Objective: To develop and validate a method for identifying persons with undiagnosed chronic obstructive pulmonary disease (COPD) using outpatient pharmacy data.
Study design: Case-control analysis of managed care administrative data with clinical validation by spirometry and standardized questionnaires.
Methods: Patients with a new diagnosis of COPD were matched to 3 control subjects by age and sex. Outpatient pharmacy utilization for the 2 years prior to the initial diagnosis was captured. Drugs associated with an eventual diagnosis of COPD were identified using conditional logistic regression, and then entered into a predictive algorithm using discriminant function analysis. The algorithm was tested in a second population from the same health plan and externally validated using 2 large multicenter databases. This system was clinically validated by testing 100 individuals identified by the algorithm with spirometry plus health status and respiratory symptoms questionnaires.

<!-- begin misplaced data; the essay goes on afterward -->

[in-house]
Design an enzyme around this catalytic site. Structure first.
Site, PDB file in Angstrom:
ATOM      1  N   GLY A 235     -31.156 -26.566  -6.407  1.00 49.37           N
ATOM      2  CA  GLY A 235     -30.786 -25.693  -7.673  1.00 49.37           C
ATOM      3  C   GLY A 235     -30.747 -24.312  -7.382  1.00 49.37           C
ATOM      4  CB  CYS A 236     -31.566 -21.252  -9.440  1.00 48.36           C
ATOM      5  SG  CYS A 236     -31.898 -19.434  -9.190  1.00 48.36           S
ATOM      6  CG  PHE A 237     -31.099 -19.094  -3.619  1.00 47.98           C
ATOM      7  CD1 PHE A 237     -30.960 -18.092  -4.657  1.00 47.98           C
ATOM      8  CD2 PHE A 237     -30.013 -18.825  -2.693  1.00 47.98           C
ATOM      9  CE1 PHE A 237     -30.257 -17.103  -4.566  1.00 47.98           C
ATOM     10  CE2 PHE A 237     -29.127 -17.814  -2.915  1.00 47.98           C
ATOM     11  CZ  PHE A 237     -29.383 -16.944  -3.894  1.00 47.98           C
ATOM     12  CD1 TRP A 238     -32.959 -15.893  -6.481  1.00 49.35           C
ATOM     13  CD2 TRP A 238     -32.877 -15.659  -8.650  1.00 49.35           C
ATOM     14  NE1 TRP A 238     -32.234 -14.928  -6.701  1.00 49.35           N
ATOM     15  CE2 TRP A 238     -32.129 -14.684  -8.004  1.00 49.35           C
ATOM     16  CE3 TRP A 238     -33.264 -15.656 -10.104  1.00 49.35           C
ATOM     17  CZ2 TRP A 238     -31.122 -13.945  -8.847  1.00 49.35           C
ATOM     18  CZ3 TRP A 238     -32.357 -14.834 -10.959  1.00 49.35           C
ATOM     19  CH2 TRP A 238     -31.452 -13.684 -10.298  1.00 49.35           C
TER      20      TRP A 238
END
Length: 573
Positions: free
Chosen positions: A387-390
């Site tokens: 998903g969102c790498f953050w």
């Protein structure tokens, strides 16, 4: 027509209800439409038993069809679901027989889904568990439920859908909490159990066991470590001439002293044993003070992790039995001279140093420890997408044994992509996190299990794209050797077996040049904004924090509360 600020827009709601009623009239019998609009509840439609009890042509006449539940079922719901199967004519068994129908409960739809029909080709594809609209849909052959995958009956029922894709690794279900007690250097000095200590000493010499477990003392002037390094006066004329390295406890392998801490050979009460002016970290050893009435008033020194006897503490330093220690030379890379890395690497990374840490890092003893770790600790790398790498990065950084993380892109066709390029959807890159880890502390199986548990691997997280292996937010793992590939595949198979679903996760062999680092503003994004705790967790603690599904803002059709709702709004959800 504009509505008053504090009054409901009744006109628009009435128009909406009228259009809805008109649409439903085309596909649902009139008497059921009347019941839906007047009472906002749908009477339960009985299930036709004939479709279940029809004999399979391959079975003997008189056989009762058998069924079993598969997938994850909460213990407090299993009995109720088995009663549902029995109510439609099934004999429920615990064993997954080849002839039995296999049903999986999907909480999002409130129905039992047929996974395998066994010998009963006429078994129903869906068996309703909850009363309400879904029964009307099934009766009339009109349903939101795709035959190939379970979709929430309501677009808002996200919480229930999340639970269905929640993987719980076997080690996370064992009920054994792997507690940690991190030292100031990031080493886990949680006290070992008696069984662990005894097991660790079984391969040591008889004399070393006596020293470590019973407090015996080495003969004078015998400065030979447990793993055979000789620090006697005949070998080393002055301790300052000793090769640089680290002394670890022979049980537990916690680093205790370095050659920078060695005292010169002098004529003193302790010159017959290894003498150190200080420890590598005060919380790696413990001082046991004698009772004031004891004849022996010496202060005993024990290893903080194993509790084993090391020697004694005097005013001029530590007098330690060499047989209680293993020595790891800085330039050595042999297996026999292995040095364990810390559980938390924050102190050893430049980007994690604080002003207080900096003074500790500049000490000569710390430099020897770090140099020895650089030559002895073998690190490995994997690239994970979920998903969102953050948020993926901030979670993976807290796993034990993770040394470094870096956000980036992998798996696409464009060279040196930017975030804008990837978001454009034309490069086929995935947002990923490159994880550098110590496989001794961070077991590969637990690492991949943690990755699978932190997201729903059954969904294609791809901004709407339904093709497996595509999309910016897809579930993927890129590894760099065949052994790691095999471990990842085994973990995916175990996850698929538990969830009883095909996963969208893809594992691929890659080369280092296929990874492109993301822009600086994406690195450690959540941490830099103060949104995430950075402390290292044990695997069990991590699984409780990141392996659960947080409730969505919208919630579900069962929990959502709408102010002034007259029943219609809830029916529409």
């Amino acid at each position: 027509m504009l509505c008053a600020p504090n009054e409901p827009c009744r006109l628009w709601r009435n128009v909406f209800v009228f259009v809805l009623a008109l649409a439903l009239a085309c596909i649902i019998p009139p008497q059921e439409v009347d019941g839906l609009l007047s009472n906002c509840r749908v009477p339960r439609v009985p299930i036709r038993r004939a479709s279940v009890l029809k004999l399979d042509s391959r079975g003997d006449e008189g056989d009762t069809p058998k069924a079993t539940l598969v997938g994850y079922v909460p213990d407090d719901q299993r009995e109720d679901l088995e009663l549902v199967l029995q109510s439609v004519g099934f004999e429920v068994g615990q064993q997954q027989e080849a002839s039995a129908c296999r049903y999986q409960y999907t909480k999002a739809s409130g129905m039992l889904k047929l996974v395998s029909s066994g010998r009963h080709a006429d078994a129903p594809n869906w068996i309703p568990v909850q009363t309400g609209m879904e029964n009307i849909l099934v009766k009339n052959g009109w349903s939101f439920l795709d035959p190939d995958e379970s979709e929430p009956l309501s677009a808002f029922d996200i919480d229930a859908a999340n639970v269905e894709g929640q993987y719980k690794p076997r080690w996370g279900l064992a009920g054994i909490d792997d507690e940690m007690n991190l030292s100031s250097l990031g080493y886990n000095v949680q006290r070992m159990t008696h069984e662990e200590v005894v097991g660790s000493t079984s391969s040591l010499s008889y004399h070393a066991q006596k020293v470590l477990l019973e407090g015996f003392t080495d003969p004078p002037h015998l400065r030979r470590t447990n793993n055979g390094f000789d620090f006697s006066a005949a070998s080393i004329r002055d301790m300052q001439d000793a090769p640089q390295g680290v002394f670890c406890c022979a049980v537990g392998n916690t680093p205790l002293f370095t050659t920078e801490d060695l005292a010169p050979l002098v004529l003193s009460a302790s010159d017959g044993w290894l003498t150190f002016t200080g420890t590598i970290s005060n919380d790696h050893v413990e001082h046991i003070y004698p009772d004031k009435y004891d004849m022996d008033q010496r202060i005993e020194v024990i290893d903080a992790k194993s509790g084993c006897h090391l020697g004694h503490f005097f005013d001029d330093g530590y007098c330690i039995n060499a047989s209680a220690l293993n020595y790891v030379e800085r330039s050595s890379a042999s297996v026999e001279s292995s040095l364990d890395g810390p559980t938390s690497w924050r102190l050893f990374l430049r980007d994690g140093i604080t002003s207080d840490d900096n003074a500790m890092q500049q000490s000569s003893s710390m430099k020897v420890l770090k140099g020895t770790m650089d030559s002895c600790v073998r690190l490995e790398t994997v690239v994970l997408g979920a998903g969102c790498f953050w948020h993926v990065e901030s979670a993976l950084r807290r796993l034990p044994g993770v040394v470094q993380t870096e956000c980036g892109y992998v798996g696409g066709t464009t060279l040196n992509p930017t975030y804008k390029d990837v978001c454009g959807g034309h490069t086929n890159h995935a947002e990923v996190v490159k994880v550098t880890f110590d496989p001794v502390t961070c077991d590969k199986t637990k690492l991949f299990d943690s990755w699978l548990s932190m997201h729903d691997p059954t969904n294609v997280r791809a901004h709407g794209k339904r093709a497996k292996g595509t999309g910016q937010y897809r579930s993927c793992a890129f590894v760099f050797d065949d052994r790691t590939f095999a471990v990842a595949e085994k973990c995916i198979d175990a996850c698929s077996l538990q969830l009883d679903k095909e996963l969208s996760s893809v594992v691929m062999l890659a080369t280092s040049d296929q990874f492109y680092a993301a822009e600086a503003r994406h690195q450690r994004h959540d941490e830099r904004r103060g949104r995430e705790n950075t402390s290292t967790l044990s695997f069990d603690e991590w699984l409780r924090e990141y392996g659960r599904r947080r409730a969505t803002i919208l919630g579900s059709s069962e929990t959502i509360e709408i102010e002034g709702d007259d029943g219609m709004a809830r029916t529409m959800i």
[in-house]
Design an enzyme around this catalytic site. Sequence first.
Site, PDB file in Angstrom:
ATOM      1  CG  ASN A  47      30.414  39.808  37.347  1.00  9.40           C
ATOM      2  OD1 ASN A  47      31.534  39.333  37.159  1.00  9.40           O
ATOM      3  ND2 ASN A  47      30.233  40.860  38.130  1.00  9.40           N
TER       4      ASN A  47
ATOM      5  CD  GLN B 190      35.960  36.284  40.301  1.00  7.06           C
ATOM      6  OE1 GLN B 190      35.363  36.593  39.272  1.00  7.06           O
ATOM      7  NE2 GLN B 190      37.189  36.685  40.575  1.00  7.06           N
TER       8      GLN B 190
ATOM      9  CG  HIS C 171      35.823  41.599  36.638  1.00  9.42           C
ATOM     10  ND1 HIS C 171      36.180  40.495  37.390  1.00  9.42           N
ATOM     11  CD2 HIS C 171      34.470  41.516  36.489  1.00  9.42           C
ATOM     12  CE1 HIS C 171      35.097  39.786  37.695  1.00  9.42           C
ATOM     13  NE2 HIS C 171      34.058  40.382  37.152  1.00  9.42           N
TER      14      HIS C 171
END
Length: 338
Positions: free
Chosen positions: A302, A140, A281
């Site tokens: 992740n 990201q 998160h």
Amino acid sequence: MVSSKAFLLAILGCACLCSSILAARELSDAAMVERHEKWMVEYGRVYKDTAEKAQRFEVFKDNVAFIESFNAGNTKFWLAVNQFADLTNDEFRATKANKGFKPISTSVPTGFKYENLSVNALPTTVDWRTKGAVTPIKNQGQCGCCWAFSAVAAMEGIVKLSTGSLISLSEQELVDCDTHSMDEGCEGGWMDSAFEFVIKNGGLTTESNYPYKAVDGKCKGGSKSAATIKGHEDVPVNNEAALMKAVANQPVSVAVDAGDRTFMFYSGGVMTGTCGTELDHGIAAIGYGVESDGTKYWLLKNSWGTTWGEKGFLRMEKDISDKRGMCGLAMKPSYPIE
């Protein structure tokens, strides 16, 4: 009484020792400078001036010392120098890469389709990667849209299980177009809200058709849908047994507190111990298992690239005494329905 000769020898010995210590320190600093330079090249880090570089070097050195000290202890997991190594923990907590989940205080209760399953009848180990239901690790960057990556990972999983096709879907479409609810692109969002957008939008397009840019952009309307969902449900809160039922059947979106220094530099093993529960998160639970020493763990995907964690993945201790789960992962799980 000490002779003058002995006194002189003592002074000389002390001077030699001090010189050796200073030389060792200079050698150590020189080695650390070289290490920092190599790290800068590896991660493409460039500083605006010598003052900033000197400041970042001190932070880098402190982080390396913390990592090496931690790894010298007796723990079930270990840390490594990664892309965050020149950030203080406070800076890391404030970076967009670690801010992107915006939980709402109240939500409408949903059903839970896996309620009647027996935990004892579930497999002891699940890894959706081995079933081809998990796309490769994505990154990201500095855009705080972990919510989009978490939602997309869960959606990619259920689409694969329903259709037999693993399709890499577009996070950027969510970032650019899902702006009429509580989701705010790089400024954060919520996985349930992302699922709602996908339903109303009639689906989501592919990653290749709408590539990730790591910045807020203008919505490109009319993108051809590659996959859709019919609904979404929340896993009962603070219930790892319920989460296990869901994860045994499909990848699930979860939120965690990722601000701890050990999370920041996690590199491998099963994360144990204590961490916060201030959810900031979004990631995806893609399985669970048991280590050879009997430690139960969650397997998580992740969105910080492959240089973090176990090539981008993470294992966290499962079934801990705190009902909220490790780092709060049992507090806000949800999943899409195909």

Results: COPD patients used significantly more antibiotics, cardiac medications, and respiratory drugs than their matched controls. The final algorithm identified COPD patients with a sensitivity of 60% and specificity of 70%, without the benefit of knowing any patient's smoking history. Of the first 100 persons identified by the algorithm as being at risk and recruited for testing, 25 were proven to have previously undiagnosed COPD.
Conclusions: Pharmacy utilization increases in the years prior to initial COPD diagnosis. Algorithms based on pharmacy utilization can efficiently identify persons at risk for undiagnosed COPD.